Every sportswriter is a trader in nostalgia. It comes with the territory: Instant memories. Even if you file a match report on the whistle it’s already fading into the past — “matches previously played” was Christopher Hitchens’ phrase.
That’s why you see in every sportswriter a fondness for the heroes of the scene when they started hammering the keyboard, the peers who lived it. Oddly enough, the only gods higher in the pantheon are those who came long, long before.
All of which is by way of introducing a documentary on tonight, The Boys In Green (RTÉ One, 9.35pm). It begins with a brief sketch of Irish soccer before the mid-‘80s. Yes, the robbery in Brussels appears in all its muddy glory, complete with Jan Ceulemans’ header and Seamus McDonagh’s despairing flop on the ground when he realises what’s happened.
Then Jack Charlton arrives, and it all gets interesting. Not exactly in the way you might think, mind you.
For one thing, because we associate Big Jack with Italia ’90 and later tournaments, we forget that he became manager halfway through the ‘80s. As a taster of what that decade meant, exactly, the documentary makers show us some scenes from Irish airports of the time.
In itself this is enough to give you pause. Beyond the pastel shades — yes, everyone dressed like that — the misery is palpable. The faces crumpling as a son or daughter shoulders past the camera on the way to another country tell you more than a dozen books ever could about the country at the time. And your columnist knows whereof he speaks, if you check your local bookshop.
(In that regard it was interesting to juxtapose tonight’s documentary with another showing on RTÉ last week about the Boomtown Rats: if the Ireland of the mid-‘80s looked a grim prospect, it made the Ireland of the mid-‘70s look like Moscow under Stalin. Or maybe that was the point.)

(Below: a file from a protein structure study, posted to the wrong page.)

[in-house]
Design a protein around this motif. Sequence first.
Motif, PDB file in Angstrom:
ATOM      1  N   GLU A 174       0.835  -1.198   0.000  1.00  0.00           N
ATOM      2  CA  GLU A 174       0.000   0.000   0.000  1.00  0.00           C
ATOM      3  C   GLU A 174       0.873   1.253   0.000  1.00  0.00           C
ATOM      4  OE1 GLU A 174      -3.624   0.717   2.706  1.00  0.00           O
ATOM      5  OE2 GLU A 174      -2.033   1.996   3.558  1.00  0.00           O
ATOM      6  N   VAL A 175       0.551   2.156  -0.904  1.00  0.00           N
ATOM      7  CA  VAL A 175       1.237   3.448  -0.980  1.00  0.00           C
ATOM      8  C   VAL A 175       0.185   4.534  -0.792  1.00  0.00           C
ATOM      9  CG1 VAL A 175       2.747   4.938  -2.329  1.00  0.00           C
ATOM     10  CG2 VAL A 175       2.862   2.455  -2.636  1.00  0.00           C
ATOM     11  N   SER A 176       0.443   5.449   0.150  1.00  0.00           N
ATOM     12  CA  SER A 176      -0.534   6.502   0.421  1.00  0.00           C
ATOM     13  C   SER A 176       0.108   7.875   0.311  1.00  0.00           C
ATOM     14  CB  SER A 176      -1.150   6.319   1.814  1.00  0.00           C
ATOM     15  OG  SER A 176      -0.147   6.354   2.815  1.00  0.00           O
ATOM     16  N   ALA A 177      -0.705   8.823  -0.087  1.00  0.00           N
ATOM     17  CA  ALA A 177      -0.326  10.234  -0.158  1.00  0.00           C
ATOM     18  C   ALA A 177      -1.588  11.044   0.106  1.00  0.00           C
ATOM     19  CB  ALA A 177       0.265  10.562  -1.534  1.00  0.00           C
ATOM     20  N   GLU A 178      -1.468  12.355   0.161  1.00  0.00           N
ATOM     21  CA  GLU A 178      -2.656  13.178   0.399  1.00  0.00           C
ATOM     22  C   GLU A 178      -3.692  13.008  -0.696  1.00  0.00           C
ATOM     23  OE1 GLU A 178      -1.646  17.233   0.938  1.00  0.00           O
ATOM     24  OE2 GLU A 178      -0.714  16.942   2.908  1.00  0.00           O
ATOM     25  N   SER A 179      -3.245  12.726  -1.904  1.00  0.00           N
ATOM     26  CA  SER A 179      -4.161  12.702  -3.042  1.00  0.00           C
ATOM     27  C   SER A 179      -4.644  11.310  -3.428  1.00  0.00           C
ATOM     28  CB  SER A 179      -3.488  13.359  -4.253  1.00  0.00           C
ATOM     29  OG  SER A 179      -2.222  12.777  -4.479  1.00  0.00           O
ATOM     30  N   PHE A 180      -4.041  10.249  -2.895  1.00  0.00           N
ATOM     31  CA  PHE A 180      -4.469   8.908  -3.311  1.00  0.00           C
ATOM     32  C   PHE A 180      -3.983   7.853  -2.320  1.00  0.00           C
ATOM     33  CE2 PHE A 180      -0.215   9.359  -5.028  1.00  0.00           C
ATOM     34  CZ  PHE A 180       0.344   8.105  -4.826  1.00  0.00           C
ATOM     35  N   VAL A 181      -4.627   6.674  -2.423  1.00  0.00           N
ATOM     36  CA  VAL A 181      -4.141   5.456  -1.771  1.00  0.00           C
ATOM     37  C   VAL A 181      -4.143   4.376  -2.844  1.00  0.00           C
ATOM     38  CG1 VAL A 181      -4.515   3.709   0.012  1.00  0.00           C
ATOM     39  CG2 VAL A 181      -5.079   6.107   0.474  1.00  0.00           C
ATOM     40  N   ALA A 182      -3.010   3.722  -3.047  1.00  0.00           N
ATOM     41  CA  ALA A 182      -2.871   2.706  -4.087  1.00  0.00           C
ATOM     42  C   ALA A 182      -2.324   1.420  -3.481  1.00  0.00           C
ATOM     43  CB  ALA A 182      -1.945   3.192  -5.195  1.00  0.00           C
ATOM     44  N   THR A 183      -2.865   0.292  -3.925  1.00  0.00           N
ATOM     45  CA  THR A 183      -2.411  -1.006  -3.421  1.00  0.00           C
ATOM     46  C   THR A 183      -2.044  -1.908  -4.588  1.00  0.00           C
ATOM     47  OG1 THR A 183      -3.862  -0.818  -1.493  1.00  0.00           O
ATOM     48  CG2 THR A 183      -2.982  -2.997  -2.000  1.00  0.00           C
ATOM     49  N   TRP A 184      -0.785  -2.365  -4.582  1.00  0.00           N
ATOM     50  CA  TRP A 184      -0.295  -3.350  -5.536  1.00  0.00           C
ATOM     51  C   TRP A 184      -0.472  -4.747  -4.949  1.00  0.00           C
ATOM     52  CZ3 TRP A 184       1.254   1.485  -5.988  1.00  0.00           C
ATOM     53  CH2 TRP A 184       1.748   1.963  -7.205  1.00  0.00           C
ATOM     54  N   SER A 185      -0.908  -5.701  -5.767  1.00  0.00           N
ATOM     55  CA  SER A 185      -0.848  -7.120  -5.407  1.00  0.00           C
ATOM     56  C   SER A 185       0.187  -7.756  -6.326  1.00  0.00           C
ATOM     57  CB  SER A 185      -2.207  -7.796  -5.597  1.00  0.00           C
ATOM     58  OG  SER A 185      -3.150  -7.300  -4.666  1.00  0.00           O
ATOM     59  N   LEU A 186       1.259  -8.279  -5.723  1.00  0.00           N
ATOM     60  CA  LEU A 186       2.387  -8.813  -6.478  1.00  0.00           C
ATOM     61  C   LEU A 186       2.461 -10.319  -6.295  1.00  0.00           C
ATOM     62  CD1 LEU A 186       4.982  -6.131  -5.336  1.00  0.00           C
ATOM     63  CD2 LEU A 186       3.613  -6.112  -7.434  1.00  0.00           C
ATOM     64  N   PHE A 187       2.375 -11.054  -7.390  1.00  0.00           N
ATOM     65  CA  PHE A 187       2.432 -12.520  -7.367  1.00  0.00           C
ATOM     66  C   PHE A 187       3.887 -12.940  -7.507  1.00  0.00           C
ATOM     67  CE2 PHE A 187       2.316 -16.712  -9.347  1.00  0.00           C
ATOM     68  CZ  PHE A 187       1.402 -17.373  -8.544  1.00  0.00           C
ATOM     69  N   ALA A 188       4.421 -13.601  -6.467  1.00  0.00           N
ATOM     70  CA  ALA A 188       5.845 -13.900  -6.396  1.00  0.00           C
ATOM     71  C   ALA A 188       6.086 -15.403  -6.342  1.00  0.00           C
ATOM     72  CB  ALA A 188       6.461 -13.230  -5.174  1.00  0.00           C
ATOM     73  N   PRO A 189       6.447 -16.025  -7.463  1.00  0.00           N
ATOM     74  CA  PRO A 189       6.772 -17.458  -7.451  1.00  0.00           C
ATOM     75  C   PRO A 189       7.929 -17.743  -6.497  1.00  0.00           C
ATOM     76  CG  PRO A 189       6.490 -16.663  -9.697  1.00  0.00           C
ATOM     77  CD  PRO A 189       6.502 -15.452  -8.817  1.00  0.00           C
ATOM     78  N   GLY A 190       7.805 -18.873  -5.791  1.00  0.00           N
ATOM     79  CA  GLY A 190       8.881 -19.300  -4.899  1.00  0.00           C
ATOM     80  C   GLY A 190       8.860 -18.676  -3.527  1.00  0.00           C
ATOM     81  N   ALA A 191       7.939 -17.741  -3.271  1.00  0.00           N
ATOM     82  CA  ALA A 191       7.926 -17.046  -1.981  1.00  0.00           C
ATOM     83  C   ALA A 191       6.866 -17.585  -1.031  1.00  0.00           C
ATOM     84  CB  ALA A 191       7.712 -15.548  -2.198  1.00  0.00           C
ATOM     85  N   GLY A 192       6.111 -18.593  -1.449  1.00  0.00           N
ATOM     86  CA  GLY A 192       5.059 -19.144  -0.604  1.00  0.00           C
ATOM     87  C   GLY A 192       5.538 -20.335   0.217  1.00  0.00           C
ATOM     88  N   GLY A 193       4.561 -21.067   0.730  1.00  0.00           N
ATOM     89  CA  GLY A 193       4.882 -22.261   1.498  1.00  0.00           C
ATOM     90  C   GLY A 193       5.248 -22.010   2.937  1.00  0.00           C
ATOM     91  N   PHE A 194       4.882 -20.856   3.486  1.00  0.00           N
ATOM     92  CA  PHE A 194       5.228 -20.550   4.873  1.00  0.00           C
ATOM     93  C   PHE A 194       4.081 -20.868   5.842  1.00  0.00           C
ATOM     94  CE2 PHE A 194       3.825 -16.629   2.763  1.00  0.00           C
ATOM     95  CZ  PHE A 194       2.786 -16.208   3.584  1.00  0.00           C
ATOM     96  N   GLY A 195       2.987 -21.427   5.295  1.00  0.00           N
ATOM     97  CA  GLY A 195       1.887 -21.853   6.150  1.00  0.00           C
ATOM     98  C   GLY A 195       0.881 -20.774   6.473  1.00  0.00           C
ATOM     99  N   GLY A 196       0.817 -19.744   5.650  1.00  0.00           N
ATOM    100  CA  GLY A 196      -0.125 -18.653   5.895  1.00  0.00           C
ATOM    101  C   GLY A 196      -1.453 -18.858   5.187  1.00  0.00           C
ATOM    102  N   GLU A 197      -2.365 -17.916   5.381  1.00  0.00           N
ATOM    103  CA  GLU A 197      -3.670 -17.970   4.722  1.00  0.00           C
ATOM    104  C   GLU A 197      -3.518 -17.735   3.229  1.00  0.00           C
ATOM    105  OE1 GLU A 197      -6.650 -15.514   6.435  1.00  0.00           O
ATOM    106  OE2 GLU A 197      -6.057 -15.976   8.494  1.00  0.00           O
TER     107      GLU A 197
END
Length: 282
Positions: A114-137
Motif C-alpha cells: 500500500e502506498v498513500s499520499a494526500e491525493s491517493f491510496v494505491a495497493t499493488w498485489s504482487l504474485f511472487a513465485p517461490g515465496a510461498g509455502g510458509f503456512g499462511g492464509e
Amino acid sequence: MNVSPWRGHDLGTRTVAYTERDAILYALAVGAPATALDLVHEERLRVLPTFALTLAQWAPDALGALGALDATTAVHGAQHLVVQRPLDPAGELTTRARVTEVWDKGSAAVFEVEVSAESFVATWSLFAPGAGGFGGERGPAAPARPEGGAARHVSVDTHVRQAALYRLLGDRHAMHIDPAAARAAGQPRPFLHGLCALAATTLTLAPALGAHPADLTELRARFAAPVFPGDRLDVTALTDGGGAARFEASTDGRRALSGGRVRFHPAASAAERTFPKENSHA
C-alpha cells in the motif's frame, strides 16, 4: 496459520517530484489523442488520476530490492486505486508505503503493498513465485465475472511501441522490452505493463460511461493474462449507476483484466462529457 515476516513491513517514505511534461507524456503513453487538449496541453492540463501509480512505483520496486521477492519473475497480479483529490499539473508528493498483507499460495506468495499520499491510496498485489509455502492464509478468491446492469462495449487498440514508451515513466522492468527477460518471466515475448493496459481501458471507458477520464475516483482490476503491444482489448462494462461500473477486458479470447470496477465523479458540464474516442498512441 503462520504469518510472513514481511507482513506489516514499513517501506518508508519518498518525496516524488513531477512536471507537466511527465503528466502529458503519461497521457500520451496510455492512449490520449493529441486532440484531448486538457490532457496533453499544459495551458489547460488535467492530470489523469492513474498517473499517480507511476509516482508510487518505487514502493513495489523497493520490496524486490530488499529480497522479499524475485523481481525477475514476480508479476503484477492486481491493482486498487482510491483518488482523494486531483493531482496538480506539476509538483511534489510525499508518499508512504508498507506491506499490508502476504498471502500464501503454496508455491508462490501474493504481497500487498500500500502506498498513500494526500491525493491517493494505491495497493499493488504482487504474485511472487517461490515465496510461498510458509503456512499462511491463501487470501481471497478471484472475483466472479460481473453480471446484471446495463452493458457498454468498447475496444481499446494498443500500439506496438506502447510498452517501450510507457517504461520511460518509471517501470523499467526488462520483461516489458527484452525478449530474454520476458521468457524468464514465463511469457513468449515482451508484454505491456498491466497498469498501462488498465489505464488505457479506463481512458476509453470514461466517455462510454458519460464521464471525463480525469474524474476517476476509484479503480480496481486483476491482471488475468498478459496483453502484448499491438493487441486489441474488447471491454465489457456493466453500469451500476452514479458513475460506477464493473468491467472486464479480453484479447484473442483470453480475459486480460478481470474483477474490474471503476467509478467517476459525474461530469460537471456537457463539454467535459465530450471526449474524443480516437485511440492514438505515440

There’s a danger here, of course, of tipping into the territory first colonised by the Monty Python Yorkshiremen sketch. The dismissal of the younger generation as cosseted has a long provenance; it was rarely expressed as succinctly as it is now, but today’s snowflakes are tomorrow’s grizzled veterans. If you’re doubtful, consider the old sweats on social media recently snorting at the prospect of kids going on skiing holidays; to listen to some of these you’d think they’d gone to school in the 1890s, not the 1990s.
However, the ‘80s was grim. In that regard the success of the team could hardly have been better timed.
The strictly sports end is well looked after in the documentary — the 8,000 in Lansdowne Road for what David O’Leary called “a chasing” by Denmark, for instance. This being an Irish sporting body, the inevitable machinations in a smoke-filled room are rehashed, with Eamon Dunphy on hand to tell us that Ireland were very nearly managed by Bob Paisley, the great Liverpool manager. John Giles saying he wouldn’t have put “a bad penny” on Jack Charlton succeeding as a manager is priceless — because, not in spite of, the fact that Giles played on the same Leeds team as Charlton for a decade.
They’re all here. Aldridge and Whelan are as chatty as you’d imagine. The man who voiced so many of their achievements, George Hamilton, as golden-throated as ever. Nowadays your columnist hears him more as a genial host of his own classical show on Lyric, but for the purposes of this documentary he was able to recall the Go Home Union Jack banner at the first game of the Charlton era.